The notion that sub-Saharan Africa is a region riddled with difficulties for good governance and economic expansion has been coined “Afro-pessimism.” The term gained popularity in the 1980s, when western countries believed there was no hope for uniting democracy and attaining maintainable commercial development in the region. Advocates for Africa have criticized the dominant pessimism in the West on Africa's economic development. Africa has been seen by other countries as poor, but the truth is Africa is a rich continent inhabited by poor people. Why are they poor? What has led to a constant state of political unrest and economical fluctuations? Is the blame to be placed on the current government or do we squarely put the fault on western colonization? Africa’s irony is exasperating. Inside the continent there is immense mineral wealth yet obstinately stuck in filth, dejection, scarcity, and disorder. While a few countries of Africa have moved ahead, the overall economic performance remains appalling, straggling after those of other regions considered third world. The causes of this lack of development have always induced fiery and sensitive debates. There are those who depict Africa as a victim of controlling external forces and schemes, yet there are also those who believe Africa's crisis exist mostly within Africa, such as its governance or how African leaders run their own matters. The externalists believe that Africa's afflictions are due to the haunting effects of Western colonialism and imperialism, the effects of the slave trade, inadequate flow of foreign aid, waning terms of trade, and expatriate owned banks that discriminated against African entrepreneurs. Let’s not forgot the long and unnecessary African Slave Trade. Thousands upon thousands of innocent African men, women, and children, taken from their homes to slave away in another country, many of whom didn’t even survive the trip. The slave trade took over 10 million Africans from their lands and left them unmanned and unfarmed, reducing the agriculture production that could have helped the economy.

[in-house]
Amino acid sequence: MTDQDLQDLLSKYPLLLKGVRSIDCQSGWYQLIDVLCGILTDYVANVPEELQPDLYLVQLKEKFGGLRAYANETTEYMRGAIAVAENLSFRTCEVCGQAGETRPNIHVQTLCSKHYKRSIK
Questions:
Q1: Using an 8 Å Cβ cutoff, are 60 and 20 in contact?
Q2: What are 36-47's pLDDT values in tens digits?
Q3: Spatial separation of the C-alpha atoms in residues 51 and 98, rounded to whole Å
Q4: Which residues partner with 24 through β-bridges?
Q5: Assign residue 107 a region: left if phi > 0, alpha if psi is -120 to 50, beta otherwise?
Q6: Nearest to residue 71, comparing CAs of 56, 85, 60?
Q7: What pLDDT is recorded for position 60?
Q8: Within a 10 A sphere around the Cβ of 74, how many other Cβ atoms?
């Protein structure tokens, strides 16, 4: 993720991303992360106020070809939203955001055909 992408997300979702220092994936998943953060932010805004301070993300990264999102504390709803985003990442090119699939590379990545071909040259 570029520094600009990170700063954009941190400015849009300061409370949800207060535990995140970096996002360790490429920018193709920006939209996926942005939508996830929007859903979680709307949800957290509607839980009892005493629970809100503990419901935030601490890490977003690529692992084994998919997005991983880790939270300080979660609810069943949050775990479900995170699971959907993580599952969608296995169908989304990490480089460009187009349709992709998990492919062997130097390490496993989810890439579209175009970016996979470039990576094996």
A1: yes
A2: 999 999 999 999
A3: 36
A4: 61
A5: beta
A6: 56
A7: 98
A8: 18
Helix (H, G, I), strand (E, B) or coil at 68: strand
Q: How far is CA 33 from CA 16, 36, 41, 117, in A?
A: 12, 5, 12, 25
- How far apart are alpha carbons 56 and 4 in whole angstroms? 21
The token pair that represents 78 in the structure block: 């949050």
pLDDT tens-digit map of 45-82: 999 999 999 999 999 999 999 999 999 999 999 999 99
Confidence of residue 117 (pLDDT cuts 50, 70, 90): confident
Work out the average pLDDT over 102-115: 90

Many African leaders also held similar views of Africa's adversities to external factors. Since gaining its independence in the 1960s, almost every African disaster was suspected to have been caused by the act or complicity of extrinsic agents. The British were under the impression to “hold that our right is the necessity that is upon us to provide for our ever-growing population…”, instead of the natives right to their own land. Education provided during colonialism was geared toward training males for colonial administration. The Belgians and Portuguese did not endeavor university education as it held the possibility of teaching African natives their political rights. Once Tanzania gained its independence in 1964, there had only been four university graduates. With this thinking, leadership was released of any responsibility for the condition of Africa. The other group of people, the internalists, believe the colonialism-imperialism excuse has been exaggerated and has lost its significance and credibility. The internalists hold the belief that Africa’s problems are a direct ramification of incompetent and unethical political leaders who seized/maintained political office by way of the gun. These are people that are angry with African leaders who fail to take responsibility for their own losses. While external factors have played a part, the internal factors have been more substantial. This thought sustains that while, yes, Western colonialism and imperialism did cause damage, Africa's state of deterioration has been made more critical by these internal factors such as foolish leadership, mis-governance, corruption, economic negligence, failing infrastructure, and desecrations of human rights.